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    Williams is best remembered for having 43 home runs in early August before the MLB Player's Strike put the kibosh on his chase of Roger Maris.

    Williams, predominately a third baseman, retired with a .268 average, 378 home runs, 1,218 RBI and 997 runs scored. Williams hit 30-plus home runs six times in his career.  He was a 5-time All-Star and 4-time Gold Glove winner.

Honorable Mention: Brooks Robinson

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    Robinson is famous for the 16 Gold Glove Awards he won during his 22-year career, but the Orioles Hall of Famer also did it with the bat. He retired with a .268 career average, 268 home runs and 1,357 RBI. He recorded at least six seasons of 20-plus home runs to go with 2,848 career hits and 1,232 runs scored. He retired in 1977 with a career .723 OPS.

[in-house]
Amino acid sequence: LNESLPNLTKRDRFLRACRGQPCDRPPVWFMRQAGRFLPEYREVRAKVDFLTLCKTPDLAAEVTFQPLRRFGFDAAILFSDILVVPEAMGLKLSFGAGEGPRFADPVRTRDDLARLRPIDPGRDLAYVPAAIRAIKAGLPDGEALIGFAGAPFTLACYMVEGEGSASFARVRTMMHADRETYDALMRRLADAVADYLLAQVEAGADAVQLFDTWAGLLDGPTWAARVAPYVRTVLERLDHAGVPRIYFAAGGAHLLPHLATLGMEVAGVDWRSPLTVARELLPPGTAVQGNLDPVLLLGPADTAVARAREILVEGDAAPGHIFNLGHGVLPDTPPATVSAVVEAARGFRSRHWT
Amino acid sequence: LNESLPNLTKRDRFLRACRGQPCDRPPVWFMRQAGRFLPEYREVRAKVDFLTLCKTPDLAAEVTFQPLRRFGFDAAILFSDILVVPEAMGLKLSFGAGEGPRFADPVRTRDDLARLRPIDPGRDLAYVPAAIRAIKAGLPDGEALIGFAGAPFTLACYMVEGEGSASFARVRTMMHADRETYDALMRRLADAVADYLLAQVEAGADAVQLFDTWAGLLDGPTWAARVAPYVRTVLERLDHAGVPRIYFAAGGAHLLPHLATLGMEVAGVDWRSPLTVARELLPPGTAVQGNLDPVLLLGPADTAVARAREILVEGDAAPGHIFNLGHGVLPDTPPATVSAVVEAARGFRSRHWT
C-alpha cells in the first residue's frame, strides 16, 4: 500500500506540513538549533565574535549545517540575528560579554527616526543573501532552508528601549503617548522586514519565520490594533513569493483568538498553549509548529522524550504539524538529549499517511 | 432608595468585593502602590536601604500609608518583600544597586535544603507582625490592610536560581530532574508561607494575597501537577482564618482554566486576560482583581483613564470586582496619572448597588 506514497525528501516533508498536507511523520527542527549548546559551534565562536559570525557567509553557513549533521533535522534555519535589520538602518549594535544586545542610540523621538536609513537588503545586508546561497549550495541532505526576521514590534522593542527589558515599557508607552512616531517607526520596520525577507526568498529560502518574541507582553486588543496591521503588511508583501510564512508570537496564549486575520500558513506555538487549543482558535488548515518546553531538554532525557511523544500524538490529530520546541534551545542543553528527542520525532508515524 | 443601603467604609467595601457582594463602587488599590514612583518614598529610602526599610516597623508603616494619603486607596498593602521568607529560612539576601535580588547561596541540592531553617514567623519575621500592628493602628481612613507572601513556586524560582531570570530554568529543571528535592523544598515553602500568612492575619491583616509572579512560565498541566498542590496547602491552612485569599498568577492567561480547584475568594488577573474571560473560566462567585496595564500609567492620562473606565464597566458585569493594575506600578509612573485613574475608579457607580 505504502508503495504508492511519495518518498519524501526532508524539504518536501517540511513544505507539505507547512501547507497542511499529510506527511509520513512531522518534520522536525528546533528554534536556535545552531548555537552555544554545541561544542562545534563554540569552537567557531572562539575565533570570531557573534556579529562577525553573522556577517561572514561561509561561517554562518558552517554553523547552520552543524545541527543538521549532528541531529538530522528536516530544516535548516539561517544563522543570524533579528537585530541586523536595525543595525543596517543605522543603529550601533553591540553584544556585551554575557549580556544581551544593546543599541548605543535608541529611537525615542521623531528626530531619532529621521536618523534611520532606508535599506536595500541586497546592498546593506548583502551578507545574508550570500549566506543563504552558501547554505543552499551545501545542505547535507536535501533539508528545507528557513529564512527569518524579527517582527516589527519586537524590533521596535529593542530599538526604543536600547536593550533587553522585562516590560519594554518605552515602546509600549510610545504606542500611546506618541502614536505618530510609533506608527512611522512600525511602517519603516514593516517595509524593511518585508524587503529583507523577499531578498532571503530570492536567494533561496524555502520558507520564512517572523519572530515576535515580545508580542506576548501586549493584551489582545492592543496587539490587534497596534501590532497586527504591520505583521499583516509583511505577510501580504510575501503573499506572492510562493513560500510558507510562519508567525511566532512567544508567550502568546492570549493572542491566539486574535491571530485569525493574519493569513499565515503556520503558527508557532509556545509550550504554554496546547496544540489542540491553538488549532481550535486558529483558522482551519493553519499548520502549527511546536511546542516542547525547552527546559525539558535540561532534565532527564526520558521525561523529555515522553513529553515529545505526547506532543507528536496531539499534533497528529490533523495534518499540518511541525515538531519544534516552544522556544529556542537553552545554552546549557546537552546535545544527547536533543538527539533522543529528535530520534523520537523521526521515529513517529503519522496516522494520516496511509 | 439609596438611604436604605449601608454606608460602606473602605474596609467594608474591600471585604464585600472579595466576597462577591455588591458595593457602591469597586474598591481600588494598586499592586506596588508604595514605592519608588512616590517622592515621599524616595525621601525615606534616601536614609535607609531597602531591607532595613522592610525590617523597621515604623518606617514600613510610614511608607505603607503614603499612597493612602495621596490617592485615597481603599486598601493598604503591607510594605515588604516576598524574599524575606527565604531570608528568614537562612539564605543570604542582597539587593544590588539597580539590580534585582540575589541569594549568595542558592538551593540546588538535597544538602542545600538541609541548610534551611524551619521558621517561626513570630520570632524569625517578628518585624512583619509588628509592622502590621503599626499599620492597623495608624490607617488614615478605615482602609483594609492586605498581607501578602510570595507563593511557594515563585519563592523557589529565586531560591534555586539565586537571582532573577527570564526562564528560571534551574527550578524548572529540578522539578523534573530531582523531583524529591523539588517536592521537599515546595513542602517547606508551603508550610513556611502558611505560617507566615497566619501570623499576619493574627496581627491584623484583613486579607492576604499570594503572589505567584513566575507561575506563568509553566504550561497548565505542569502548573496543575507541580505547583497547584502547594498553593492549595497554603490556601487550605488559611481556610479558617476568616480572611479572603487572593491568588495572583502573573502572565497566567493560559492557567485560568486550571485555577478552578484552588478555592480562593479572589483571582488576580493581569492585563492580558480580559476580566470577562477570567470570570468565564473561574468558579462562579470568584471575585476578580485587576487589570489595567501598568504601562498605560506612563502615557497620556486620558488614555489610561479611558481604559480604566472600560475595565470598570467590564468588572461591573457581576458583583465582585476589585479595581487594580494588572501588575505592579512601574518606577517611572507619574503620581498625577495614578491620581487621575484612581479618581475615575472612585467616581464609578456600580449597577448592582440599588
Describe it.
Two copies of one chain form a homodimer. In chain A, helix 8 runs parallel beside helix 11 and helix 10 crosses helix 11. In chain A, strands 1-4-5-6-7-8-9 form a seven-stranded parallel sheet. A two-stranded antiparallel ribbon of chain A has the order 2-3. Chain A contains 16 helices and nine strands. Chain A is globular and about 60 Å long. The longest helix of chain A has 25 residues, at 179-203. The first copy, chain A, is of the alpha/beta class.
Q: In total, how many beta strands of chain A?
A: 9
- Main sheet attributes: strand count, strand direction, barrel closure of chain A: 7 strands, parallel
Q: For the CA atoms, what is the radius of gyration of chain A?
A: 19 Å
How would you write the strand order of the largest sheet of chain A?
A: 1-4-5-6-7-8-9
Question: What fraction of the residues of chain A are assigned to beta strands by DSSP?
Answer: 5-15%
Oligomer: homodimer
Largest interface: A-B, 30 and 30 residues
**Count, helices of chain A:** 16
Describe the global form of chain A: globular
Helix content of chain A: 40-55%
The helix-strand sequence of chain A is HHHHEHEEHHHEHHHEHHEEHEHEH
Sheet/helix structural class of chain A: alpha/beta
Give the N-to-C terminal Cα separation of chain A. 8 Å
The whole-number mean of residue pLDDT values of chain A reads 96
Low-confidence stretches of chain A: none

10. Ryne Sandberg

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    Sandberg was  new breed of second baseman during his prime in the 1980s. A big, slugging second baseman of his physical stature was rare in the game, but Sandberg made a lasting impact.

    Sandberg, who played 16 seasons with the Cubs, retired with a .285 career average, 282 home runs, 1,061 RBI, and 403 doubles.

    Sandberg also tallied 2,386 hits, 1,318 runs scored and a career .795 OPS on his way to seven Silver Slugger Awards.

9. Craig Biggio

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    Biggio is one of the most productive second baseman in baseball history. Biggio was a career .281 hitter with 291 home runs, 1,175 RBI, 3,060 hits, 414 stolen bases and 668 doubles which ranks sixth all-time.